Cape Town to St Helena
15 November 2010 | South Atlantic
We departed the V and A Waterfront marina on Saturday October 30, just after 13:00 local time, this after spending the entire morning in as boat number three to tank up with diesel at the duty free fuel dock - yep, three catamarans all leaving at the same time and more or less on the same route. There was a 46' Leopard charter boat leaving for Tortola with Karl and Maria on board (delivery skipper friends of mine), Scolamanzi, a private 46' Leopard owned by Dr Scholtz and us. The charter cat was not going to stop off in St Helena but Scolamanzi and ourselves intended to.
On board is myself, Dylan Le Roux as first mate, and crew members Conrad Smit and Juan Dormehl. This is to be Dylan's first Atlantic crossing, together with Juan. Conrad has done the trip before.
The first couple of days out of Cape Town we had good winds and were sailing with our genoa only, making reasonable speeds. However, on day three the wind died and we thereafter had very light winds for the next five days - all very frustrating as we had to motor-sail to keep the boat moving, using up precious diesel doing so. Ah well, at least the batteries received a good charge!
The following two days we experienced head winds as a front moved across our sector of the south Atlantic. We were able to do some sailing but found we could not raise the main sail fully, due to a faulty halyard block - we thus had to sail with one reef in the main, loosing the full power that this sail could provide. Another problem we encountered was the locking nuts on our hydraulic steering rams both came loose and we lost steering on two occasions - once on the port rudder and once on the starboard rudder. The first incident happened at 02:00 in the morning and I had to spend over an hour in the small rudder compartment, repairing the problem as best as I could. The next day the same thing happened with the starboard hydraulic ram, but fortunately during daylight hours.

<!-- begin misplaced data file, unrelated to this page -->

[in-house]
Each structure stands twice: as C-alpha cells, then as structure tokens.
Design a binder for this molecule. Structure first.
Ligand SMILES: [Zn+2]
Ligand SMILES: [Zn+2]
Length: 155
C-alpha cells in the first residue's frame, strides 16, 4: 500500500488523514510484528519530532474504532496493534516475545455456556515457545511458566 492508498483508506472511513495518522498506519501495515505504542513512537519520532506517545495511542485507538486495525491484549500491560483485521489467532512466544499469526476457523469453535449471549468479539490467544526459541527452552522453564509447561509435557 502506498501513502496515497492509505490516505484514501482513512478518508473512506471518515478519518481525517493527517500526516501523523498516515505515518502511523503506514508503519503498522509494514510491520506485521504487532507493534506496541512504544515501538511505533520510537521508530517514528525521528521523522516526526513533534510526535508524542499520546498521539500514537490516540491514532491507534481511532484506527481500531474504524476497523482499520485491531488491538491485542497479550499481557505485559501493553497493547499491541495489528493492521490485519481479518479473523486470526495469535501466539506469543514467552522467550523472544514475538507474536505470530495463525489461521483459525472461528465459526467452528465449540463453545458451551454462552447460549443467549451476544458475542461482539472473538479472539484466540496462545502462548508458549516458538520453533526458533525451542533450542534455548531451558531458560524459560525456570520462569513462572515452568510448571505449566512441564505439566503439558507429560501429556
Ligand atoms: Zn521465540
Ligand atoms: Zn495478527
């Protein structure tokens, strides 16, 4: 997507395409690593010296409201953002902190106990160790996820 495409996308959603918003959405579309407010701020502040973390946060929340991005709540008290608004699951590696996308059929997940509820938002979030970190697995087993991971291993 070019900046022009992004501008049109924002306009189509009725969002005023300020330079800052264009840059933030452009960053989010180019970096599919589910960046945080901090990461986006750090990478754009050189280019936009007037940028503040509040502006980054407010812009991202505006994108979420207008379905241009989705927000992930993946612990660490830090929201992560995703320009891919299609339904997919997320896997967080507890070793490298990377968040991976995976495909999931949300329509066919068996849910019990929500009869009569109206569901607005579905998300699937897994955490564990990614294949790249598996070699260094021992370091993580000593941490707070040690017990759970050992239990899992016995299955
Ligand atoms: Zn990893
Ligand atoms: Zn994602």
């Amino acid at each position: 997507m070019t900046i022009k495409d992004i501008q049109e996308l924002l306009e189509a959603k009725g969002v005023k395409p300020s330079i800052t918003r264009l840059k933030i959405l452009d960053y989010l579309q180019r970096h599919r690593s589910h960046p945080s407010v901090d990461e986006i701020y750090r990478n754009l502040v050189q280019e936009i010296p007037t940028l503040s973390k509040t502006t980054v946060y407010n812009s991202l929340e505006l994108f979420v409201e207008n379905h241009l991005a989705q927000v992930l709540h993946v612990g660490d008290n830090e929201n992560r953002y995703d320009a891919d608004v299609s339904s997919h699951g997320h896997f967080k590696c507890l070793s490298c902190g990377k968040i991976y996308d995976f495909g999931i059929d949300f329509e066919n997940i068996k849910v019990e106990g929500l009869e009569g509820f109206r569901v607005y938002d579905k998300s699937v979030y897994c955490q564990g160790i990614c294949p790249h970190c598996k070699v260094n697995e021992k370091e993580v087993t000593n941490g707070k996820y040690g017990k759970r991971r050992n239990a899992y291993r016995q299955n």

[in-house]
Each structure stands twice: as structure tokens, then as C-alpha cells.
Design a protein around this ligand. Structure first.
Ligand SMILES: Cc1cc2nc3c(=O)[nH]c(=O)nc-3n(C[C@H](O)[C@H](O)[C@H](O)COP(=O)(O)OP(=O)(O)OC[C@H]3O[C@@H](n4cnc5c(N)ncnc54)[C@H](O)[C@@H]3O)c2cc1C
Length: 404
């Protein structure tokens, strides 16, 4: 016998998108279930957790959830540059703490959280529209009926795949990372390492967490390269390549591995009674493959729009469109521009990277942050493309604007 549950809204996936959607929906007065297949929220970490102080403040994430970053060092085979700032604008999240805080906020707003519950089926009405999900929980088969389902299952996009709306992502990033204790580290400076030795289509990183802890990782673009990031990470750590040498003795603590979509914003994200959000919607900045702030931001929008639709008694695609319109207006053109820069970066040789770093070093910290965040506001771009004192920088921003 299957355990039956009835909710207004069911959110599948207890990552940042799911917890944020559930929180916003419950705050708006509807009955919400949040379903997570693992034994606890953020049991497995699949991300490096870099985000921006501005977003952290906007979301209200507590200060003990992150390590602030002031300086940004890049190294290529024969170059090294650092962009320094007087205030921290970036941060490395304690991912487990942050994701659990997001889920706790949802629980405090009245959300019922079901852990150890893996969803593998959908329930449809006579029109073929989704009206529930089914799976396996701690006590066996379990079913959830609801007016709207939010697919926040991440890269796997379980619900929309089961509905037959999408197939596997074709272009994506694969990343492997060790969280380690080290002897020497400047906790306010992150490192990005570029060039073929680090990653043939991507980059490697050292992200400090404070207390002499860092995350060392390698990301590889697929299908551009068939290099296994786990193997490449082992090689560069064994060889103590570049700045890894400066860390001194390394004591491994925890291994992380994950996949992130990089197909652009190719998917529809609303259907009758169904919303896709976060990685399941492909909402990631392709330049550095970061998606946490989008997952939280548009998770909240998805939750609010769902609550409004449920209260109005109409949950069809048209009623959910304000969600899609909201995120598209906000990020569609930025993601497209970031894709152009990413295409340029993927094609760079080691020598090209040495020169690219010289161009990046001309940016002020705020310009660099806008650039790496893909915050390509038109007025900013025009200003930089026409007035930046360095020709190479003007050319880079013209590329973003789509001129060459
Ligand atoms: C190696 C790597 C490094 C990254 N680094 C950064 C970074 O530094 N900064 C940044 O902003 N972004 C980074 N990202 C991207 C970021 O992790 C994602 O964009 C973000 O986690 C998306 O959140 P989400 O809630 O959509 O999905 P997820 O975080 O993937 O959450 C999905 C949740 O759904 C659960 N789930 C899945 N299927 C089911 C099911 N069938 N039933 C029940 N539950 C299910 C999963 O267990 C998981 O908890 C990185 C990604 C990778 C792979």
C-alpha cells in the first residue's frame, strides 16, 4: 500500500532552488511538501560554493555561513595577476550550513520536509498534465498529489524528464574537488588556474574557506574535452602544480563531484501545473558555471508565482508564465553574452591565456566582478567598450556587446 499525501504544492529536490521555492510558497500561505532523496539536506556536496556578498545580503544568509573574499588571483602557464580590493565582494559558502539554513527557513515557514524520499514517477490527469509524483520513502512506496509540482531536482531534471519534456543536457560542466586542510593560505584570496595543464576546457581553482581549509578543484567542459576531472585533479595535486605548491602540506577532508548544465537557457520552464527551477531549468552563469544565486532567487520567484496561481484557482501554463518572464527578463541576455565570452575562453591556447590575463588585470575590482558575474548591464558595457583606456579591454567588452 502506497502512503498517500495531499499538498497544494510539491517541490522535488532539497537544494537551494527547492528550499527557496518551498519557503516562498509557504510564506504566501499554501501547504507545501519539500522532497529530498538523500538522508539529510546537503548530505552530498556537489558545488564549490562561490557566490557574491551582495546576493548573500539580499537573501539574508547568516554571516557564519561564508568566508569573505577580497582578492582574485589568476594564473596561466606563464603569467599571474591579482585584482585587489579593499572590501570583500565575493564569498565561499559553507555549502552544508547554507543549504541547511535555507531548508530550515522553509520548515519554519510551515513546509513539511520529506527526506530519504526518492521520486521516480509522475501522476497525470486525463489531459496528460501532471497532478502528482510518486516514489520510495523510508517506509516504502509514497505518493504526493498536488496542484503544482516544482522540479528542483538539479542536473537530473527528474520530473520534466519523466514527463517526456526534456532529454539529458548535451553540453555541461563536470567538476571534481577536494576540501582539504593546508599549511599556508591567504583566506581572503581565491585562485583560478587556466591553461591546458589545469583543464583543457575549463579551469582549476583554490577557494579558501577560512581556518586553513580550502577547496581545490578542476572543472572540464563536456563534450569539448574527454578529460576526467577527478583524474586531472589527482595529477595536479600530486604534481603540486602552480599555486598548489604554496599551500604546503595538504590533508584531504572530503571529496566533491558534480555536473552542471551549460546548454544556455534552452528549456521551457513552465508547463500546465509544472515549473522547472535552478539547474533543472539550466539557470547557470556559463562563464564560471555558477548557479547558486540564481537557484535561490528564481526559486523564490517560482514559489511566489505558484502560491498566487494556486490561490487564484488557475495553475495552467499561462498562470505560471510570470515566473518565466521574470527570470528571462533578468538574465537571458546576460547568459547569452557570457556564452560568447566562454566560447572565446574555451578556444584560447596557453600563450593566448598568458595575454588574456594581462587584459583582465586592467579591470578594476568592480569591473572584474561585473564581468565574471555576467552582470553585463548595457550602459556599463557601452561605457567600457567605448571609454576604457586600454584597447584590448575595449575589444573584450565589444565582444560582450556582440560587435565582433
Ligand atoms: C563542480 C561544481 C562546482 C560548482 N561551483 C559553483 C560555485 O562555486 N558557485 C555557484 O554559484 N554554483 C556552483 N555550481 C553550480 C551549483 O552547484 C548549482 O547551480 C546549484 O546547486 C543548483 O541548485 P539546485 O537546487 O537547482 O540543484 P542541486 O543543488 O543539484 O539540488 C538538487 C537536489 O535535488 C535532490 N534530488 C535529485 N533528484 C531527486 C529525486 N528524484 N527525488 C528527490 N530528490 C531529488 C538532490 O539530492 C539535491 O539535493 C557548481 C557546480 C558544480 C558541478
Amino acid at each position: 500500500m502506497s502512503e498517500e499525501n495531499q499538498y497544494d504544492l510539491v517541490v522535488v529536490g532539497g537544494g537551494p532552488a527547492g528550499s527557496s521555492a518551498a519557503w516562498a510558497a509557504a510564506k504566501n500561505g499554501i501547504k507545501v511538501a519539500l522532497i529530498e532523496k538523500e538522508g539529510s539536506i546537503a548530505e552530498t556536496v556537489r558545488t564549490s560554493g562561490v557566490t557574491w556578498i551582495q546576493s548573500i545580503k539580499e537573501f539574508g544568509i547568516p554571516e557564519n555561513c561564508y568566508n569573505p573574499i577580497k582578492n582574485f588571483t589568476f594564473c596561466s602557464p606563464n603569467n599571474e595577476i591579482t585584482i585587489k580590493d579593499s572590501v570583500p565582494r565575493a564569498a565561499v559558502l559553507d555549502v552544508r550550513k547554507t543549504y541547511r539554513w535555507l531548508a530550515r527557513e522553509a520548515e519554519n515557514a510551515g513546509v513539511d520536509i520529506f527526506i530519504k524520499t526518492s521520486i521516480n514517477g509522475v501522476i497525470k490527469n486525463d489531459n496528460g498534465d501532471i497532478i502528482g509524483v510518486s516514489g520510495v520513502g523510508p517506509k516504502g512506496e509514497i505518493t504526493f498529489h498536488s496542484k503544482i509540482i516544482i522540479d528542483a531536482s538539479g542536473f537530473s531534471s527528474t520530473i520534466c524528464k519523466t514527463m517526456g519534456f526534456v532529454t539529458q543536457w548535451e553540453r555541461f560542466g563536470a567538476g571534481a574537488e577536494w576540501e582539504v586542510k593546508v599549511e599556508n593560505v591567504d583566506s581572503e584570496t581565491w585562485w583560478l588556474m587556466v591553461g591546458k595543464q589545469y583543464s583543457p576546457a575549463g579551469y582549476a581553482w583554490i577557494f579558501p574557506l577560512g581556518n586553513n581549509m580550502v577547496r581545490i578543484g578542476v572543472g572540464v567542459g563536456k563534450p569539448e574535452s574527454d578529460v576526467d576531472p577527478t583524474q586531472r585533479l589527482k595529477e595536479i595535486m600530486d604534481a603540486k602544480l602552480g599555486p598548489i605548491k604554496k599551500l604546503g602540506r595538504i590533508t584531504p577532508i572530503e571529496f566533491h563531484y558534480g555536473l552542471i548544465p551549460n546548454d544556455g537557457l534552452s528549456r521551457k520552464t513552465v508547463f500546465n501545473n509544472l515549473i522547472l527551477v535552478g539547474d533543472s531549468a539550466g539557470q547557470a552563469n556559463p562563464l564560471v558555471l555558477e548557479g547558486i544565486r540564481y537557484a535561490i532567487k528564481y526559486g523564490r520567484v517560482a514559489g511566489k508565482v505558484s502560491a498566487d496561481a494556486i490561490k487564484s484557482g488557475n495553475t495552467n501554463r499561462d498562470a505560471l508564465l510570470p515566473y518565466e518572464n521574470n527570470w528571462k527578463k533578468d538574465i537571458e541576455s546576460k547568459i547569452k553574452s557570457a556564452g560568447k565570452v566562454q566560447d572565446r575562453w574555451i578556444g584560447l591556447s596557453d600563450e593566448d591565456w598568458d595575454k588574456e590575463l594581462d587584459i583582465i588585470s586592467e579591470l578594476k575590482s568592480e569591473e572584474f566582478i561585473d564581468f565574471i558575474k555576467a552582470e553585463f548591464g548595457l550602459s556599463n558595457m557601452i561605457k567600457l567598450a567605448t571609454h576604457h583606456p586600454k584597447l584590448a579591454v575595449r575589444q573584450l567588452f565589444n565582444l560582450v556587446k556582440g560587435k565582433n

The result of the above ram failures was that we could not properly align the rudders and they remained in a toe-in position for the remainder of the leg, basically acting a breaks. However, we have now repaired the problem whilst at anchor in James Bay, St Helena. We have also pulled the main halyard and replaced the halyard block with one that is locked and cannot twist the halyard, preventing the full hoisting of the main sail.
When departing Cape Town, I had not fully installed my HF radio, as we simply ran out of time. I intended to complete the installation the first day or two after departing. However, this was not possible as I found a break in the antenna co-axial cable and thus had to wait until we arrived in St Helena, where I could repair the cable and complete the installation. This has been done and we should have some updates to the blog and daily position reports posted to the shiptrak.org site from now on. Lets hope it all works properly as I cannot properly test the HF radio whilst in James Bay as the high cliffs of the island do not allow me to get a good transmission to the Winlink stations. If it does not work, we will just have to continue using the expensive satellite phone for basic updates to our family members and friends.
I am typing this on Monday morning, November 15. The crew are off on a quick tour of St Helena and, as soon as I have posted this, I will be going ashore to collect a few loaves of bread and some rolls, clearing out with emigration and then we should be ready to set sail around 15:00 once the crew have returned from their tour and brought some drums of fresh water back to top up our tanks.
So, for now, regards from Dylan, Juan, Conrad and myself, John